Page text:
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Even toxics can act as a generic selection factor in the environment

One of the themes of this blog has been that virtually anything present in the environment can act as a selection factor influencing the course of evolution.  A recent study on fish and PCB's and dioxins illustrates this point.  Unfortunately for humans, the end result is not necessarily positive or beneficial.

New York's Hudson River is home to the Atlantic tomcod (Microgadus tomcod).  From 1947 to 1976, two General Electric manufacturing plants along the Hudson River produced PCB's for a range of uses, including as insulating fluids in electrical transformers.  Over the years, PCB and dioxin levels in the livers of the Hudson's tomcod rose to become "among the highest known in nature," according to researchers.  Because these fish do not detoxify PCB's, it was a surprise to the researchers that they could accumulate such hefty contamination without becoming poisoned.  The researchers have now found that the tomcod's protection traces to a single mutation in one gene; the gene is responsible for producing a protein needed to unleash the pollutants' toxicity.

All vertebrates contain molecules in their cells that will bind to dioxins and related compounds; these proteins (aryl hydrocarbon receptors, or AHR's) are often referred to as dioxin receptors.  Once these poisons diffuse into an exposed cell, each molecule can mate with a receptor and together they eventually pick up a third molecule.  This trio can then dock with select segments of DNA in the cell's nucleus to inappropriately turn on genes that can poison the host animal.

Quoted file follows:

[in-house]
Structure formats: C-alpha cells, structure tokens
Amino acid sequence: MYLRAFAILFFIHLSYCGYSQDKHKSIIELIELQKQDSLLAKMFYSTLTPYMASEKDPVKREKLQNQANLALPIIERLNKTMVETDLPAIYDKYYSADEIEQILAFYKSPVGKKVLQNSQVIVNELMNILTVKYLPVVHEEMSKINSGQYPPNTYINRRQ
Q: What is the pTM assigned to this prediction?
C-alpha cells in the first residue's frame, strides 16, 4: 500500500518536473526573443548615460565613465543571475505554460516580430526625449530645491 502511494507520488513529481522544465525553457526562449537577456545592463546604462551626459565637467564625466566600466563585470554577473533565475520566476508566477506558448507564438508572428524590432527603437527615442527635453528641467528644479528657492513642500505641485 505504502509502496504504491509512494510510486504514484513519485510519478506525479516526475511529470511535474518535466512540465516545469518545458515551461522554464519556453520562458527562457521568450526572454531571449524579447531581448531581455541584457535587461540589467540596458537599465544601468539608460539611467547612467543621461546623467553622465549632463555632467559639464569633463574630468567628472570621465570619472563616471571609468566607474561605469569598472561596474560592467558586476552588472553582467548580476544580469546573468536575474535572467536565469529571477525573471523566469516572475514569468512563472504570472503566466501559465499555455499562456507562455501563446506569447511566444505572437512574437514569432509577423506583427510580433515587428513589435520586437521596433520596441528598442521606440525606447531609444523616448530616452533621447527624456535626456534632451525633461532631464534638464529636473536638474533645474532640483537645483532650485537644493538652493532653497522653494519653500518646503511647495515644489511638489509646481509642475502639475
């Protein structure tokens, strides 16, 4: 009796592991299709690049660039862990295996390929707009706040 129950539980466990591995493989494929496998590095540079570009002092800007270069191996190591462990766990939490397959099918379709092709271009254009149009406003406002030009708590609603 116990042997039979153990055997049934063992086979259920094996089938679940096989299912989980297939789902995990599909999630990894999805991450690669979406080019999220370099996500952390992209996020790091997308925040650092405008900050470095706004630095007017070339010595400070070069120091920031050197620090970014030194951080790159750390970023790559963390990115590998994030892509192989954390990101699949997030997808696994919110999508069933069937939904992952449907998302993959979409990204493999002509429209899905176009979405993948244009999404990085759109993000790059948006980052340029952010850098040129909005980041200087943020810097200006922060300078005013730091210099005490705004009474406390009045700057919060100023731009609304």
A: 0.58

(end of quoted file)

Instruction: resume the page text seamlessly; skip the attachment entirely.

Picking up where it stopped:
The tomcod actually has two types of AHR's, with AHR-2 offering the most effective binding to dioxin-like pollutants.  But one naturally occurring AHR-2 variant, the result of a gene mutation, proves a very poor mate; it takes roughly five times more of the pollutants to get substantial binding than is needed with the conventional AHR-2.

In local rivers relatively free of dioxins and PCB's, 95 percent of tomcod possess AHR-2 only in the conventional form.  But in the PCB-rich Hudson, the researchers found that the only kind of AHR-2 protein in 99 percent of tomcod is the poorly binding variant.  Thus, the PCB's and dioxins have acted as a selection factor.  The result is that the PCB's and dioxins are stored in the fat of the tomcod.

The bad news?  As the tomcods are eaten by predators, the PCB's and dioxins move up the food-chain.  The result is that species consumed by humans may have very high PCB and dioxin content even though they themselves have not been exposed directly to the contaminants.

The study can be found at